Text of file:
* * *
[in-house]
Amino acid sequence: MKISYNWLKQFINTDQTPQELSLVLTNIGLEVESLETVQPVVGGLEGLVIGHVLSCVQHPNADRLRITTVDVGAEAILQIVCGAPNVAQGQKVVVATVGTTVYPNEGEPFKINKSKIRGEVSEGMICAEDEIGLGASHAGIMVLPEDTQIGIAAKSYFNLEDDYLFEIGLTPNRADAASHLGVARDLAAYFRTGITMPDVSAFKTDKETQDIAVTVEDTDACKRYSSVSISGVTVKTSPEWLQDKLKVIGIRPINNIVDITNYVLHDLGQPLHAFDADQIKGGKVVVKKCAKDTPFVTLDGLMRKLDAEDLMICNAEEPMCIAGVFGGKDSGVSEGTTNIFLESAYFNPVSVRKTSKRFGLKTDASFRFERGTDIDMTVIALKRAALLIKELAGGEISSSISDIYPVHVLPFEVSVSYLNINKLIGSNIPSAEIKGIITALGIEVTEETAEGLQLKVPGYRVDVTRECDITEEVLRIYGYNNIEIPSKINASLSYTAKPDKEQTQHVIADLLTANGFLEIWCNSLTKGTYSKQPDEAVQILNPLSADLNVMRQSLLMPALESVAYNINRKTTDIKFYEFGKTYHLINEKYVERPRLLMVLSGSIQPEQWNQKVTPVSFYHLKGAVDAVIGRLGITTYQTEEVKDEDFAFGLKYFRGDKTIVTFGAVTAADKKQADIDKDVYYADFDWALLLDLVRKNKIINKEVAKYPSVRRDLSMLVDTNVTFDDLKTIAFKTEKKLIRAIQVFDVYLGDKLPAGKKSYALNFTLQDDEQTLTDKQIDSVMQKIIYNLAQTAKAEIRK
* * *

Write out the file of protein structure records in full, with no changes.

[in-house]
Amino acid sequence: MKISYNWLKQFINTDQTPQELSLVLTNIGLEVESLETVQPVVGGLEGLVIGHVLSCVQHPNADRLRITTVDVGAEAILQIVCGAPNVAQGQKVVVATVGTTVYPNEGEPFKINKSKIRGEVSEGMICAEDEIGLGASHAGIMVLPEDTQIGIAAKSYFNLEDDYLFEIGLTPNRADAASHLGVARDLAAYFRTGITMPDVSAFKTDKETQDIAVTVEDTDACKRYSSVSISGVTVKTSPEWLQDKLKVIGIRPINNIVDITNYVLHDLGQPLHAFDADQIKGGKVVVKKCAKDTPFVTLDGLMRKLDAEDLMICNAEEPMCIAGVFGGKDSGVSEGTTNIFLESAYFNPVSVRKTSKRFGLKTDASFRFERGTDIDMTVIALKRAALLIKELAGGEISSSISDIYPVHVLPFEVSVSYLNINKLIGSNIPSAEIKGIITALGIEVTEETAEGLQLKVPGYRVDVTRECDITEEVLRIYGYNNIEIPSKINASLSYTAKPDKEQTQHVIADLLTANGFLEIWCNSLTKGTYSKQPDEAVQILNPLSADLNVMRQSLLMPALESVAYNINRKTTDIKFYEFGKTYHLINEKYVERPRLLMVLSGSIQPEQWNQKVTPVSFYHLKGAVDAVIGRLGITTYQTEEVKDEDFAFGLKYFRGDKTIVTFGAVTAADKKQADIDKDVYYADFDWALLLDLVRKNKIINKEVAKYPSVRRDLSMLVDTNVTFDDLKTIAFKTEKKLIRAIQVFDVYLGDKLPAGKKSYALNFTLQDDEQTLTDKQIDSVMQKIIYNLAQTAKAEIRK